Django is an MVC framework, but it uses different names for each of these pieces. In this video the author gives a conceptual overview of how models, URL routing, views, and templates work together in Django.
- [Instructor] When working with any web framework, it's important to understand its underlying architecture or conceptual structure. Broadly, Django uses an MVC, or model view controller architecture, however, Django uses some different names for these. The four pieces to understand are URL patterns, view, models, and templates. Each of these has a separate role. In this section, we'll discuss the relationship of each of these pieces with some examples. During the course, we'll look more closely at each one individually.
When a Django application receives a web request, it uses the URL patterns to decide which view to pass the request to for handling. In our project, the URL patterns will be defined in a wisdompets/urls.py. Views provide the logic, or control flow portion of the project. A view is a Python callable such as a function that takes an HTTP request as an argument and returns an HTTP response. Our views will be defined at adoptions/views.py.
To perform queries against the database, each view can leverage Django models as needed. We will define our models for the adoptions app in adoptions/models.py. A Django model is a class with attributes that define the schema or underlying structure of a database table. These classes will provide built in methods for making queries on the associated tables. Each view we define can also leverage templates which help with the presentation layer of what the HTML response will look like. Each template is a separate file that consists of HTML along with some extra template syntax for variables, loops, and other control flow.
Our template files will be placed in a folder called templates that we will create inside of the adoptions folder. Given this overall structure, let's walk through the control flow we'll create in our adoptions app. If a request comes into Django with the root path of just a slash, Django will first look at the URL patterns to find what view it should use. The URL patterns will route the route path to the function in adoptions/views.py called home. This home function will take the request as an argument and it will first make any database calls that are needed using the models defined in adoptions/models.py.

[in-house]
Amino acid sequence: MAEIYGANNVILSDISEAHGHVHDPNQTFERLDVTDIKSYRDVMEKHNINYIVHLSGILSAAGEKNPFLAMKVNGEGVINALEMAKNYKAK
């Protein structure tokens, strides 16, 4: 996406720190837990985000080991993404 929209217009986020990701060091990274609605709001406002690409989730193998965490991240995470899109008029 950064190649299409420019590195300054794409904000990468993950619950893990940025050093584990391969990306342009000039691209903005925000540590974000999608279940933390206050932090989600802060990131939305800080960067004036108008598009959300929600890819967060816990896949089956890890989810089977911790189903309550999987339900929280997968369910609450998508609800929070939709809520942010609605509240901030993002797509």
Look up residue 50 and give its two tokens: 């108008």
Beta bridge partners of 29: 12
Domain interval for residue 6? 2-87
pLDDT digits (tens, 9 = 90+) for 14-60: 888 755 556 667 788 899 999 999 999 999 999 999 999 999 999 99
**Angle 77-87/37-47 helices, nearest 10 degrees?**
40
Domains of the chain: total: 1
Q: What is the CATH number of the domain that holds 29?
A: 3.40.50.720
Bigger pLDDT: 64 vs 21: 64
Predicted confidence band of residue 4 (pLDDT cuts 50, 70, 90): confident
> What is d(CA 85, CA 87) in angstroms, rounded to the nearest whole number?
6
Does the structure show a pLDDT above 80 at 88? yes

For our homepage, we'll list the pets available for adoption. So, this query will find the name of each pet and some associated information for each one. Next, the home view will pass the request in this data from the database into the template file at adoptions/home.html. At this point, the template will render HTML based on the data it is given and the view will return this HTML as its HTTP response completing the processing for the request. Similarly, if a request comes in with the path /adoptions/1/ the URL patterns will route the request to the pet detail function in our views file.
Unlike, the route path, this path contains a variable which is a one in the example. The URL pattern will parse this variable and pass it along as a second argument to its view. The pet detail view will use the number that's passed in as an ID value for the pet that it will query for details. Lastly, this data for the pet is passed to the template at adoptions/pet_detail.html which renders the associated HTML. To see how each of these pieces work, we'll implement some pieces in isolation but, we'll sometimes need to stub out related parts until all of them are complete.
Once we've completed each piece, this overall structure and the relationship between the parts will become more concrete. With this in mind, we're ready to implement the major components of our project.
- Creating a new Django project
- Defining Django models and fields
- Performing Django migrations
- Querying data with the Django ORM
- Building URL handlers and views
- Building Django templates